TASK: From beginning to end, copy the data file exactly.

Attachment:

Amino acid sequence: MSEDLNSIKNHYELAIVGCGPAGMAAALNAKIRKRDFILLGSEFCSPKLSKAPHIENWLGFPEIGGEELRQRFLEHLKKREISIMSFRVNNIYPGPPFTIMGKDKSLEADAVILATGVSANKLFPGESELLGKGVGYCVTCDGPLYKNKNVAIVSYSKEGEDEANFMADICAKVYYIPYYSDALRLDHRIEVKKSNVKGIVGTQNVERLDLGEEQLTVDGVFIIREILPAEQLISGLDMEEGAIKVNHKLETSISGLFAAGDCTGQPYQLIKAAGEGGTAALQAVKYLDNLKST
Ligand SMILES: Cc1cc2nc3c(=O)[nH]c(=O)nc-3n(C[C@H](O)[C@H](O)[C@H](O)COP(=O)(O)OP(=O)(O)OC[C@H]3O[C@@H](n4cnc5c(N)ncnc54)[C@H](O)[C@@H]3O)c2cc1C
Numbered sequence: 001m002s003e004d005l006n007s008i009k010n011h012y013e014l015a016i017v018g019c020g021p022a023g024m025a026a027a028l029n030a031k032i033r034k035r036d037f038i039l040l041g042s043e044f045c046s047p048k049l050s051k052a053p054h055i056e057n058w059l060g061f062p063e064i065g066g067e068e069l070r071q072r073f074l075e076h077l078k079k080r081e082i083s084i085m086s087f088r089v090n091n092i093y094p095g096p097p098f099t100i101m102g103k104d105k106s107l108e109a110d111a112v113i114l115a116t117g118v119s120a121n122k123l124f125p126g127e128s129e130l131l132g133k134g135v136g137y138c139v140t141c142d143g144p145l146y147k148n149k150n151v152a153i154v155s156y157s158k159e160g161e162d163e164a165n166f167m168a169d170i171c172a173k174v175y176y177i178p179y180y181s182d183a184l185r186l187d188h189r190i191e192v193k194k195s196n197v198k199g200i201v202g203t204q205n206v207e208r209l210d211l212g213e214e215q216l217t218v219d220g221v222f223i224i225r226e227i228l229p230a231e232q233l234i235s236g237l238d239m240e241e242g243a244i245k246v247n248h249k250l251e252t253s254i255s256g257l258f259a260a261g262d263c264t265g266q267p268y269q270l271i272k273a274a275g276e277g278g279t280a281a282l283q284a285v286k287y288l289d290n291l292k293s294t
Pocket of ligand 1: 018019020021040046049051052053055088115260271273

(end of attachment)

Amino acid sequence: MSEDLNSIKNHYELAIVGCGPAGMAAALNAKIRKRDFILLGSEFCSPKLSKAPHIENWLGFPEIGGEELRQRFLEHLKKREISIMSFRVNNIYPGPPFTIMGKDKSLEADAVILATGVSANKLFPGESELLGKGVGYCVTCDGPLYKNKNVAIVSYSKEGEDEANFMADICAKVYYIPYYSDALRLDHRIEVKKSNVKGIVGTQNVERLDLGEEQLTVDGVFIIREILPAEQLISGLDMEEGAIKVNHKLETSISGLFAAGDCTGQPYQLIKAAGEGGTAALQAVKYLDNLKST
Ligand SMILES: Cc1cc2nc3c(=O)[nH]c(=O)nc-3n(C[C@H](O)[C@H](O)[C@H](O)COP(=O)(O)OP(=O)(O)OC[C@H]3O[C@@H](n4cnc5c(N)ncnc54)[C@H](O)[C@@H]3O)c2cc1C
Numbered sequence: 001m002s003e004d005l006n007s008i009k010n011h012y013e014l015a016i017v018g019c020g021p022a023g024m025a026a027a028l029n030a031k032i033r034k035r036d037f038i039l040l041g042s043e044f045c046s047p048k049l050s051k052a053p054h055i056e057n058w059l060g061f062p063e064i065g066g067e068e069l070r071q072r073f074l075e076h077l078k079k080r081e082i083s084i085m086s087f088r089v090n091n092i093y094p095g096p097p098f099t100i101m102g103k104d105k106s107l108e109a110d111a112v113i114l115a116t117g118v119s120a121n122k123l124f125p126g127e128s129e130l131l132g133k134g135v136g137y138c139v140t141c142d143g144p145l146y147k148n149k150n151v152a153i154v155s156y157s158k159e160g161e162d163e164a165n166f167m168a169d170i171c172a173k174v175y176y177i178p179y180y181s182d183a184l185r186l187d188h189r190i191e192v193k194k195s196n197v198k199g200i201v202g203t204q205n206v207e208r209l210d211l212g213e214e215q216l217t218v219d220g221v222f223i224i225r226e227i228l229p230a231e232q233l234i235s236g237l238d239m240e241e242g243a244i245k246v247n248h249k250l251e252t253s254i255s256g257l258f259a260a261g262d263c264t265g266q267p268y269q270l271i272k273a274a275g276e277g278g279t280a281a282l283q284a285v286k287y288l289d290n291l292k293s294t
Pocket of ligand 1: 018019020021040046049051052053055088115260271273